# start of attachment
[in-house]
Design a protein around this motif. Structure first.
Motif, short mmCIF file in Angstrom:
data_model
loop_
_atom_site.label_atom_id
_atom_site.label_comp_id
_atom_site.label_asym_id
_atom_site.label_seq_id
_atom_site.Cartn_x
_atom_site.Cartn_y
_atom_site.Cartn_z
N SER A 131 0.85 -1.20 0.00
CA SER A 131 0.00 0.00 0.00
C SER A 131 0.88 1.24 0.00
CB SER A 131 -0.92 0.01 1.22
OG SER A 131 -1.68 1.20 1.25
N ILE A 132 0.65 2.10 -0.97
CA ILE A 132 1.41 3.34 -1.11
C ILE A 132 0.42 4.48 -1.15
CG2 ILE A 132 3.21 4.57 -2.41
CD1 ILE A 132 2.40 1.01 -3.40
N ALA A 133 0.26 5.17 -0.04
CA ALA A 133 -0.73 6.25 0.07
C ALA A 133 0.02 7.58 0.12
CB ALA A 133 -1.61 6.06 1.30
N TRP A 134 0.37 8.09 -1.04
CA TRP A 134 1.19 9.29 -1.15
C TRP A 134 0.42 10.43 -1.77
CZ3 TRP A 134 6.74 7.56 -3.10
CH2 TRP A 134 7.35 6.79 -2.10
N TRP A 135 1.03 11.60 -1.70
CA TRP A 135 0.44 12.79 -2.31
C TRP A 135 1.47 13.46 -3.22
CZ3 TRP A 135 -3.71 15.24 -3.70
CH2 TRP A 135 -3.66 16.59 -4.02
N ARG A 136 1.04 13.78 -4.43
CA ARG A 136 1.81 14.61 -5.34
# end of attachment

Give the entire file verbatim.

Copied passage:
[in-house]
Design a protein around this motif. Structure first.
Motif, short mmCIF file in Angstrom:
data_model
loop_
_atom_site.label_atom_id
_atom_site.label_comp_id
_atom_site.label_asym_id
_atom_site.label_seq_id
_atom_site.Cartn_x
_atom_site.Cartn_y
_atom_site.Cartn_z
N SER A 131 0.85 -1.20 0.00
CA SER A 131 0.00 0.00 0.00
C SER A 131 0.88 1.24 0.00
CB SER A 131 -0.92 0.01 1.22
OG SER A 131 -1.68 1.20 1.25
N ILE A 132 0.65 2.10 -0.97
CA ILE A 132 1.41 3.34 -1.11
C ILE A 132 0.42 4.48 -1.15
CG2 ILE A 132 3.21 4.57 -2.41
CD1 ILE A 132 2.40 1.01 -3.40
N ALA A 133 0.26 5.17 -0.04
CA ALA A 133 -0.73 6.25 0.07
C ALA A 133 0.02 7.58 0.12
CB ALA A 133 -1.61 6.06 1.30
N TRP A 134 0.37 8.09 -1.04
CA TRP A 134 1.19 9.29 -1.15
C TRP A 134 0.42 10.43 -1.77
CZ3 TRP A 134 6.74 7.56 -3.10
CH2 TRP A 134 7.35 6.79 -2.10
N TRP A 135 1.03 11.60 -1.70
CA TRP A 135 0.44 12.79 -2.31
C TRP A 135 1.47 13.46 -3.22
CZ3 TRP A 135 -3.71 15.24 -3.70
CH2 TRP A 135 -3.66 16.59 -4.02
N ARG A 136 1.04 13.78 -4.43
CA ARG A 136 1.81 14.61 -5.34